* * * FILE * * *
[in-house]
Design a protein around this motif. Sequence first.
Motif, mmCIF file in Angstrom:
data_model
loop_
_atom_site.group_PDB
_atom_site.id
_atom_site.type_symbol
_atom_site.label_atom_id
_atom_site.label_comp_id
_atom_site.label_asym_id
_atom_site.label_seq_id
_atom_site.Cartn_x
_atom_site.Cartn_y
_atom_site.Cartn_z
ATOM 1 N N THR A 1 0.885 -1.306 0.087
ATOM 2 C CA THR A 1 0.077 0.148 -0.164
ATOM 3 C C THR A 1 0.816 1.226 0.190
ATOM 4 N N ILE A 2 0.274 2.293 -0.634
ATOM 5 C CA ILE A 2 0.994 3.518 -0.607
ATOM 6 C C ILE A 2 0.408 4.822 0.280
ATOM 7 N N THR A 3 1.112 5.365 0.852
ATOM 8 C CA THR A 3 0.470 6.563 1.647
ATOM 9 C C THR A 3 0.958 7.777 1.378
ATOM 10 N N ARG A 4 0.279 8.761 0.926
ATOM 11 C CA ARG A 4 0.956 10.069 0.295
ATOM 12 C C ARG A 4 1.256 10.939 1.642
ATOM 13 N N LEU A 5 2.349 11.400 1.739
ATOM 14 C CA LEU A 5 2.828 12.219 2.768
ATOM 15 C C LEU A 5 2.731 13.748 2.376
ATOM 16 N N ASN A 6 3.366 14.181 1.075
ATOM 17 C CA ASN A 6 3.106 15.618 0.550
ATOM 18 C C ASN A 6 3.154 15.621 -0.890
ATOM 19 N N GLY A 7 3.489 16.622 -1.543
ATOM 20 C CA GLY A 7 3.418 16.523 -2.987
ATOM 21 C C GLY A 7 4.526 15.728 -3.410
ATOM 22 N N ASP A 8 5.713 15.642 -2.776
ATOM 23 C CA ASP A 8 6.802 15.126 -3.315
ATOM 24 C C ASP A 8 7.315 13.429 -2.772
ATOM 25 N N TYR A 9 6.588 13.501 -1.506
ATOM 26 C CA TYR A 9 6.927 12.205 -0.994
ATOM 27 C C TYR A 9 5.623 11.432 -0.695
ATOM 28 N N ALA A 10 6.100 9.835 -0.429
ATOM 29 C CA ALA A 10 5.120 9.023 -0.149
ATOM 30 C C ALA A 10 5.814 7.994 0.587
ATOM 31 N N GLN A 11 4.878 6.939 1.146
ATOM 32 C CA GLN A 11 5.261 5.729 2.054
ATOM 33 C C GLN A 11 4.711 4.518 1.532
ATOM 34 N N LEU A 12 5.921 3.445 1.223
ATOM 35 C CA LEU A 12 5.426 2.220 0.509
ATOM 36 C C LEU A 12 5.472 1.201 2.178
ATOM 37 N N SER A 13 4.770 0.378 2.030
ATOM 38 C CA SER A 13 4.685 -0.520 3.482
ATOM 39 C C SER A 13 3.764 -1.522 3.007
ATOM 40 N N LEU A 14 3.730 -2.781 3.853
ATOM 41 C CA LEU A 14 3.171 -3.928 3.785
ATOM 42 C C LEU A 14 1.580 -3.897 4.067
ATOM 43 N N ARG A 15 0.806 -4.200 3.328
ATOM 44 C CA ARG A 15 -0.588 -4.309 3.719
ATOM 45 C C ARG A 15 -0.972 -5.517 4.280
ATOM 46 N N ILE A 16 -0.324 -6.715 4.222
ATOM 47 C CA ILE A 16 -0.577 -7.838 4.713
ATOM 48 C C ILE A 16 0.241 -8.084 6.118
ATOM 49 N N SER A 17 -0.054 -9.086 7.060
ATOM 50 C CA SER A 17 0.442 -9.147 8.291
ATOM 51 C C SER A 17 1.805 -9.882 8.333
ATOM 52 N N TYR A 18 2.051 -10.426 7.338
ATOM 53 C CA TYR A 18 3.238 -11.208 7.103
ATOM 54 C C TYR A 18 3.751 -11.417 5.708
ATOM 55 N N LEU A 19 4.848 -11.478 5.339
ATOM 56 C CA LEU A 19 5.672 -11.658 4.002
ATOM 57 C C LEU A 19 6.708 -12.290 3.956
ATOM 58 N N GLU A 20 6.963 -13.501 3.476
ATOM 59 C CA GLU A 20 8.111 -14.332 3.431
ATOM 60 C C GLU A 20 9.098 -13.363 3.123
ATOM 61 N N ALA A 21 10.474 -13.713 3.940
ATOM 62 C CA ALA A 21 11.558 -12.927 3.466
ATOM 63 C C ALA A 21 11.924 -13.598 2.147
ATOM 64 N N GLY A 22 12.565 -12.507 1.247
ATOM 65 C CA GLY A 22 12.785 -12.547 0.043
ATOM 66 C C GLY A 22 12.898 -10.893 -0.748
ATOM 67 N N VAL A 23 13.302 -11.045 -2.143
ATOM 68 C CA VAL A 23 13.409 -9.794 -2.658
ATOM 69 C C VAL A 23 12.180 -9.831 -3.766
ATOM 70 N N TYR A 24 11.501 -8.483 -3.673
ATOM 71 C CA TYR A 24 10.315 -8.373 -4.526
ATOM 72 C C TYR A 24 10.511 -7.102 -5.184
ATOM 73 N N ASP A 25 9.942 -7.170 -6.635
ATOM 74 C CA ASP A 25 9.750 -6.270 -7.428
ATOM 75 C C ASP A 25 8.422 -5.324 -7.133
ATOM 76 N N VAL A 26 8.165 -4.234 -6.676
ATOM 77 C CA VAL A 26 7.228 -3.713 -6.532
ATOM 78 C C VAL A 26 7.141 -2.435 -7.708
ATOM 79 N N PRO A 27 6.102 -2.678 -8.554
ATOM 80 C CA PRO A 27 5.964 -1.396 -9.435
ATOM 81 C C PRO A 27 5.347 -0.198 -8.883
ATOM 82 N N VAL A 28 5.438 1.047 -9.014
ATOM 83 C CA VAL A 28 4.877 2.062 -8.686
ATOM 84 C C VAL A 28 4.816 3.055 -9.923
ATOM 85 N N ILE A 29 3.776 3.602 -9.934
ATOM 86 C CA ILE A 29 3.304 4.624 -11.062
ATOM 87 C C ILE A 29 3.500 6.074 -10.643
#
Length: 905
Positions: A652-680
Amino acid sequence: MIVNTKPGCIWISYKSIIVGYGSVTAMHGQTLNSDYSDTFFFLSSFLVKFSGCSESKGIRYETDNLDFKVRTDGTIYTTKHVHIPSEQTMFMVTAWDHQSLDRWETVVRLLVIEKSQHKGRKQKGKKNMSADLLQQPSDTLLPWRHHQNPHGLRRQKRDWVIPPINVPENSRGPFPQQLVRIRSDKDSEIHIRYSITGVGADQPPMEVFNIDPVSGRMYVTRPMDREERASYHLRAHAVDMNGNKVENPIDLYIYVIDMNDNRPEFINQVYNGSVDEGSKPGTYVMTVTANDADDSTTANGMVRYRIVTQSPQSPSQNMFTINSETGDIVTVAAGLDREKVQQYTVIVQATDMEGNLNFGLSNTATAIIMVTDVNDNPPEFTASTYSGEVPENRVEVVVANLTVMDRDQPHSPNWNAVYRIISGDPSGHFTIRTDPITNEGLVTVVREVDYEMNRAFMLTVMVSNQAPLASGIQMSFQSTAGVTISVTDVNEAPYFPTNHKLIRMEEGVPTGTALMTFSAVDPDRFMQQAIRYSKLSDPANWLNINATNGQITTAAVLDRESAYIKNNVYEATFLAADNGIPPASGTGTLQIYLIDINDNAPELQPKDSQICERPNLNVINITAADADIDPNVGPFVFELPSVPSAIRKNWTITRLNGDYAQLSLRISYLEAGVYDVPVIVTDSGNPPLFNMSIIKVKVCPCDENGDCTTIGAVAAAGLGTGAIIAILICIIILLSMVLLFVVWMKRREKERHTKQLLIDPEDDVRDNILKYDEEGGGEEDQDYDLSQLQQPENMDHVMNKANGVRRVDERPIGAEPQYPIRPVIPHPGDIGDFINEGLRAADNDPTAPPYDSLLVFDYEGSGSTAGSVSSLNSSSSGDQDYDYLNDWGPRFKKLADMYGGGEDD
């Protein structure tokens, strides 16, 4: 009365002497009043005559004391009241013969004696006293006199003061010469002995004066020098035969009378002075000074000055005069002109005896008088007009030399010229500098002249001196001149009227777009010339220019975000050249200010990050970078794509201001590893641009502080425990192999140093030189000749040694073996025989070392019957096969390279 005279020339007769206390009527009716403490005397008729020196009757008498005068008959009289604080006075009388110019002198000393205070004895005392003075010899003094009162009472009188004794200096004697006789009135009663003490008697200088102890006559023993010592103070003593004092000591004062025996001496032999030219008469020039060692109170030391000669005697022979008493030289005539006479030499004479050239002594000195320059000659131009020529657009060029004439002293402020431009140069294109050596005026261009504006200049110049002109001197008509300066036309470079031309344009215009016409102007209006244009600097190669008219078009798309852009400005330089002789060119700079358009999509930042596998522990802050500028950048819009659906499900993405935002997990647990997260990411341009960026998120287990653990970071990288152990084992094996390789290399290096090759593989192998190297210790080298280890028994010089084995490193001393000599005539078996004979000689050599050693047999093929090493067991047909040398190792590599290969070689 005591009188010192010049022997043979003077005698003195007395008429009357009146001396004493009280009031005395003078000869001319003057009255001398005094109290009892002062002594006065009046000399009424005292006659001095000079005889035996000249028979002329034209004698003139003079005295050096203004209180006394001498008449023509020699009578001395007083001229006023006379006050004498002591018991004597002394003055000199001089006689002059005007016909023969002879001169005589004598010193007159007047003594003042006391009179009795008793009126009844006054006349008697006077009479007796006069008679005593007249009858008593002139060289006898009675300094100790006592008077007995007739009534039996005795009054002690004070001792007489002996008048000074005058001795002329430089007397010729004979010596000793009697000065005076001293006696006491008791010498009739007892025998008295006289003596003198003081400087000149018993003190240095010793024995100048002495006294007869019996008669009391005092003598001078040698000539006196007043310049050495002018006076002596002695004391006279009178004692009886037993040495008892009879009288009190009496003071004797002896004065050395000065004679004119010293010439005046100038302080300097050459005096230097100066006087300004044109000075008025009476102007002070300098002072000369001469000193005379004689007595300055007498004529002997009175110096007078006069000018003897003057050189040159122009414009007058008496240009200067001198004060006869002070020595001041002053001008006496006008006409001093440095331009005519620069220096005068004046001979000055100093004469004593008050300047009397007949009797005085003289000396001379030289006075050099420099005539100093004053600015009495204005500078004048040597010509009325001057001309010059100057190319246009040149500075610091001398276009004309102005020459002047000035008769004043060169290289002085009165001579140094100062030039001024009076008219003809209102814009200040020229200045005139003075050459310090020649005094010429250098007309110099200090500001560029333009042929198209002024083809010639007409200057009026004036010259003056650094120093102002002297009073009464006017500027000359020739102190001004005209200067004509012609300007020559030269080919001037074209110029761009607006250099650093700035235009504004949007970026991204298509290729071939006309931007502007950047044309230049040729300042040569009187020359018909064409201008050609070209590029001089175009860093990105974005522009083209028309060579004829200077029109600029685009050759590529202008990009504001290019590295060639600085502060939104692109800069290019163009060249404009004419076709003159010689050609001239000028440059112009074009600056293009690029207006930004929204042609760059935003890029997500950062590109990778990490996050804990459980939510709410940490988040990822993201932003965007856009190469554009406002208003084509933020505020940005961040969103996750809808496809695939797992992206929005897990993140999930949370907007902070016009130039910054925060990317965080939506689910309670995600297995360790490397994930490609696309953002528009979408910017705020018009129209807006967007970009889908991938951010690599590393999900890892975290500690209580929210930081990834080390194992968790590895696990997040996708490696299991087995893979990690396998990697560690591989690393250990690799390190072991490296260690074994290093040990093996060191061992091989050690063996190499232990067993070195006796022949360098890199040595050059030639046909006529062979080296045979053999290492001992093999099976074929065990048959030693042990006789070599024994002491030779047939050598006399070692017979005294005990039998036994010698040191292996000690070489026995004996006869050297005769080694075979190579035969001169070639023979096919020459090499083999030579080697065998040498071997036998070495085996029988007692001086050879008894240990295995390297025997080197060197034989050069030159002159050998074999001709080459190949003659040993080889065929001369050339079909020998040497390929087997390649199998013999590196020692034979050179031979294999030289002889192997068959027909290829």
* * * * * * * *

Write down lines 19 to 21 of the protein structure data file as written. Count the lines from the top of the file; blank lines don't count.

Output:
ATOM 4 N N ILE A 2 0.274 2.293 -0.634
ATOM 5 C CA ILE A 2 0.994 3.518 -0.607
ATOM 6 C C ILE A 2 0.408 4.822 0.280